Course material 2010–11
Lecturer: Dr F.M. Stajano
No. of lectures: 12
Prerequisite course: Discrete Mathematics I
This course is a prerequisite for Algorithms II, Artificial Intelligence and Prolog.
The aim of this course is to provide an introduction to computer algorithms and data structures, with an emphasis on foundational material.
- Sorting. Review of insertion sort, merge sort and quicksort. Understanding their memory usage with arrays. Heapsort. Other sorting methods. Finding the minimum and maximum. [Ref: Ch 1, 2, 3, 4, 15, 16] [4 lectures]
- Algorithm design. Ideas for algorithm design: dynamic programming, divide and conquer, greedy algorithms and other useful paradigms. [Ref: Ch 2, 15] [2 lectures]
- Data structures. Abstract data types. Pointers, stacks, queues, lists, trees. Hash tables. Binary search trees. Red-black trees. B-trees. Priority queues and heaps. [Ref: Ch 10, 11, 12, 13, 18, 19, 20, 21] [6 lectures]
At the end of the course students should
- have a good understanding of how several fundamental algorithms work, particularly those concerned with sorting and searching;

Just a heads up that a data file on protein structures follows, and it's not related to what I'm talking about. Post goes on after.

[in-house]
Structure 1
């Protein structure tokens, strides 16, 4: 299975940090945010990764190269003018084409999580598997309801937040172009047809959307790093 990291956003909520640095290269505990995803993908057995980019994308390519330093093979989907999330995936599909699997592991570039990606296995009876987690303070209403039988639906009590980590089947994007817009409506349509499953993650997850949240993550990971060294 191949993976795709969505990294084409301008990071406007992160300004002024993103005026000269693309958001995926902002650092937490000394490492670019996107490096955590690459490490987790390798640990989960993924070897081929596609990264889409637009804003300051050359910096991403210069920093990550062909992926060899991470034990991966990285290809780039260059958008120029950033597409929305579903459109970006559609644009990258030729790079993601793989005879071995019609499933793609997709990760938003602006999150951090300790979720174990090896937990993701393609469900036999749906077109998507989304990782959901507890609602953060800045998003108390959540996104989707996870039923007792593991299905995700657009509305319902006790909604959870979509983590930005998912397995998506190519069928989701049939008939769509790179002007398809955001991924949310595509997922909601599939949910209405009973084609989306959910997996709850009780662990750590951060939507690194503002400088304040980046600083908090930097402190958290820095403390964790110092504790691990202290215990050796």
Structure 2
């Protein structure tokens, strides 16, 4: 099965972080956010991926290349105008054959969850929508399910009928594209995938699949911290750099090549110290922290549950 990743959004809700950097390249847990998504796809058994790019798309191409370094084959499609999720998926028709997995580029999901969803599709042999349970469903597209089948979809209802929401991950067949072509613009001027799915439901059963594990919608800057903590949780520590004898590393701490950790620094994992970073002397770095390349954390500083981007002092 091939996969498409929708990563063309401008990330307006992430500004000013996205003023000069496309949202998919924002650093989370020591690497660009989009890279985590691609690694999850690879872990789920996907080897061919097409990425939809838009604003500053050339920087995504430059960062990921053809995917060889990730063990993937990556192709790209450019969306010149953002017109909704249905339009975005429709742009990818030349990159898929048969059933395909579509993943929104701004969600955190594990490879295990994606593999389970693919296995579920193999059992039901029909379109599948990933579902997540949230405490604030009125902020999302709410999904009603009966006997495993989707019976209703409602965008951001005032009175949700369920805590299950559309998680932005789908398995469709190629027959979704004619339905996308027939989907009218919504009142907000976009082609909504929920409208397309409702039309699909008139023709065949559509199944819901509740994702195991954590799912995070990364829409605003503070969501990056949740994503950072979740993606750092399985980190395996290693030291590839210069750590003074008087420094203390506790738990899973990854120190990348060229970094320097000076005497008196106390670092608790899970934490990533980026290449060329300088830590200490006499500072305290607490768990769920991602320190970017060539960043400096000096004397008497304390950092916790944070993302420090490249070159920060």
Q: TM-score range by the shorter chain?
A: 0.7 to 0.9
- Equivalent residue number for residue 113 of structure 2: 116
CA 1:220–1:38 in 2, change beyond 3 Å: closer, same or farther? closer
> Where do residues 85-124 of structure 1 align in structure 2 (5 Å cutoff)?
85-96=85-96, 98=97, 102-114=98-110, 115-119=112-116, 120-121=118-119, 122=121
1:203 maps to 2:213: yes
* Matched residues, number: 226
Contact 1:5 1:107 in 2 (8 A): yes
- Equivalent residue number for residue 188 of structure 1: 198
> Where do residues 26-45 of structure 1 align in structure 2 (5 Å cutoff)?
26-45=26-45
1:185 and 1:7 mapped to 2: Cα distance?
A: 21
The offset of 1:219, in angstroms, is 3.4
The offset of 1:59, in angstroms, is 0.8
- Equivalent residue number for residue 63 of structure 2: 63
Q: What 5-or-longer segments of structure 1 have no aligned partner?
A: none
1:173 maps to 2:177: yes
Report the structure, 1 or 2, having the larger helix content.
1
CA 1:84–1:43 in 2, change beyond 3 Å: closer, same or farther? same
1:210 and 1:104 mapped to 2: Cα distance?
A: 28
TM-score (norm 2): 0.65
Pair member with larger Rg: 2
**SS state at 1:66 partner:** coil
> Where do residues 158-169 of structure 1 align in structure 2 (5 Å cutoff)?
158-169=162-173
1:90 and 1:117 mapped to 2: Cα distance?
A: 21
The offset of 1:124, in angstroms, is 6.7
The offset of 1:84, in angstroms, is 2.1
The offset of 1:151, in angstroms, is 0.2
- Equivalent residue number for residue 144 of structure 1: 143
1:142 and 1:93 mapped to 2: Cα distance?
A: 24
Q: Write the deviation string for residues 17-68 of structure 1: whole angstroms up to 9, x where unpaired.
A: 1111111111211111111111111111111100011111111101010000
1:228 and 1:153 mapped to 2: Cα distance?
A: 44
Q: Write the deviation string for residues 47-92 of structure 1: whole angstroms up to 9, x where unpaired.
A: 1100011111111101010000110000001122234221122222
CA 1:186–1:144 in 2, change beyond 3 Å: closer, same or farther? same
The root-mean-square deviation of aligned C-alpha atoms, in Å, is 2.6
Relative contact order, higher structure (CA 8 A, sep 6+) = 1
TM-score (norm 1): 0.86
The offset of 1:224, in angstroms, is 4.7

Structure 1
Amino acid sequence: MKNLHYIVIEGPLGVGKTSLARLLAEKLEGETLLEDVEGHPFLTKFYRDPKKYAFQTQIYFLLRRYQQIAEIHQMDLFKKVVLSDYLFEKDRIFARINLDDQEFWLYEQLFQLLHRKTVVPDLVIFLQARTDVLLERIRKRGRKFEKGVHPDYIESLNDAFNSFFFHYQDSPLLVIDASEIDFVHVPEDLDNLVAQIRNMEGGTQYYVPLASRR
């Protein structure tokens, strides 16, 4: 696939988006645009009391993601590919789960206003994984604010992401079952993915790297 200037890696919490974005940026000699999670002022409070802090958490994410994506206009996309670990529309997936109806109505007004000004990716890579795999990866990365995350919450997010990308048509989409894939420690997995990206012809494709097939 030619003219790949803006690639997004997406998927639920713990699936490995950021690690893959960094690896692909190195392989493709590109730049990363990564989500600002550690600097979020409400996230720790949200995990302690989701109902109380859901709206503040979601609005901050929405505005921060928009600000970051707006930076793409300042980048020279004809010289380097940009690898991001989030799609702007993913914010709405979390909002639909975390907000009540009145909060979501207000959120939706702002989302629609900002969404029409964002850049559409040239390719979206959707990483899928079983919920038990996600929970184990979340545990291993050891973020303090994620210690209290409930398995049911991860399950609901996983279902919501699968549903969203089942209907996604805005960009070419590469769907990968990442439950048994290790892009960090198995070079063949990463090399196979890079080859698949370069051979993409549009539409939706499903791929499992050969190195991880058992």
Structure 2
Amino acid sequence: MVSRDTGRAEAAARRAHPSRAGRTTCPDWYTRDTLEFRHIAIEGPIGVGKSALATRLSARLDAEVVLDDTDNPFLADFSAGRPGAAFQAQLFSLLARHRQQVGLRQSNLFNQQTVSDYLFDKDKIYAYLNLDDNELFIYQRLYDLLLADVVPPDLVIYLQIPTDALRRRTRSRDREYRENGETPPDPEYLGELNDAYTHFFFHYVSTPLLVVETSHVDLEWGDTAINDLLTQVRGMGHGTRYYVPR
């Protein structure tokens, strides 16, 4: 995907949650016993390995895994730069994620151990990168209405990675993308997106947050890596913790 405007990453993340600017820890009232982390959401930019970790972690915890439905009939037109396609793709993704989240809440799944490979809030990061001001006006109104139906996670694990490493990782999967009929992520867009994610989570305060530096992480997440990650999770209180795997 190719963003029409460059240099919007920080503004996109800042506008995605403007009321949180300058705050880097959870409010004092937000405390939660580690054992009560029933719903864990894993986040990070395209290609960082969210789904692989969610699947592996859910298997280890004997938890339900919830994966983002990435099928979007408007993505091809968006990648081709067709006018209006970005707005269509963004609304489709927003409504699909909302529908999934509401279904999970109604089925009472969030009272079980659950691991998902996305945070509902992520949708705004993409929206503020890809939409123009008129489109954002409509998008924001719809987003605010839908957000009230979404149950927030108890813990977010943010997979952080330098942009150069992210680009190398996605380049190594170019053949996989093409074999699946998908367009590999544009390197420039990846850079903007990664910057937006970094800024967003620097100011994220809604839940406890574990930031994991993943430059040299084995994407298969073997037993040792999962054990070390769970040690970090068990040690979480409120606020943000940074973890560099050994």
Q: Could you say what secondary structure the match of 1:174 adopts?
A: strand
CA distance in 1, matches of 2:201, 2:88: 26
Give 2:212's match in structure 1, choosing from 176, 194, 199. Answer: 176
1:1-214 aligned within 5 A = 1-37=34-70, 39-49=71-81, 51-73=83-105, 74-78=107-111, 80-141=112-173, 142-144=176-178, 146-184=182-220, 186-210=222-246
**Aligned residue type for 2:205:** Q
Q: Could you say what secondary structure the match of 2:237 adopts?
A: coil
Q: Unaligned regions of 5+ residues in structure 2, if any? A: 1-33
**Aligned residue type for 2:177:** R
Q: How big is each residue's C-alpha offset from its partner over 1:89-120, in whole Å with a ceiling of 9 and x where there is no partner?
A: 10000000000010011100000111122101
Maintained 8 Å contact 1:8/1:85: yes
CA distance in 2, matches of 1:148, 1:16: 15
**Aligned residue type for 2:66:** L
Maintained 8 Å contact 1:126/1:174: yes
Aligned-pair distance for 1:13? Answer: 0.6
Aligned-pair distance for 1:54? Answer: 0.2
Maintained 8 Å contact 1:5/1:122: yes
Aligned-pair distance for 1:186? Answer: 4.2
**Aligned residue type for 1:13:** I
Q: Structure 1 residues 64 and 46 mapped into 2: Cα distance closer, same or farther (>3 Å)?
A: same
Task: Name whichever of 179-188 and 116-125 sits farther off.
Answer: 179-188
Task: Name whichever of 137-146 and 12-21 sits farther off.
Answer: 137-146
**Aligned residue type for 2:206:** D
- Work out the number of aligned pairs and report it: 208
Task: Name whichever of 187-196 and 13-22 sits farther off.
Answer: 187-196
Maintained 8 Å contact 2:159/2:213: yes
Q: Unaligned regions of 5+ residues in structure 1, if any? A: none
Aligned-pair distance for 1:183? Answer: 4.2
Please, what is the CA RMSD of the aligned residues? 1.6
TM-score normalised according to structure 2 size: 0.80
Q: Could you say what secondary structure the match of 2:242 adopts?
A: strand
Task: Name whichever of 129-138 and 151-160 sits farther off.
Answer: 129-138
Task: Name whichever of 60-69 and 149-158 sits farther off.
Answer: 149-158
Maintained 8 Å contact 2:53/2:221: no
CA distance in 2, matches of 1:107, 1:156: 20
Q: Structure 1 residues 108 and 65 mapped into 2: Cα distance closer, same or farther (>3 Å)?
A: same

- have a good understanding of the fundamental data structures used in computer science;
- be able to analyse the space and time efficiency of most algorithms;
- be able to design new algorithms or modify existing ones for new applications and reason about the efficiency of the result.
* Cormen, T.H., Leiserson, C.D., Rivest, R.L. & Stein, C. (2009). Introduction to Algorithms. MIT Press (3rd ed.). ISBN 0-262-53196-8
Sedgewick, R. (2004). Algorithms in Java vol. 1 (note that C and C++ editions are also available and are equally good for this course). Addison-Wesley. ISBN 0-201-36120-5. New edition forthcoming in 2008.
Kleinberg, J. & Tardos, É. (2006). Algorithm design. Addison-Wesley. ISBN 0-321-29535-8.
Knuth, D.E. (1997). The art of computer programming (three volumes so far; a boxed set is also available). Addison-Wesley (3rd ed.). ISBN 0-201-89683-4, 0-201-89684-2 and 0-201-89685-0.
Students are expected to buy, make extensive use of, and keep as reference for their future career, one of the above textbooks: those not doing so will be severely disadvantaged. The recommended choice is Cormen et al. which, in spite of its superb quality, is the cheapest (about 35 GBP new for over 1300 pages). The pointers in the syllabus are to chapters in the second edition of that book. The other textbooks are all excellent alternatives and their relative merits are discussed in the course handout.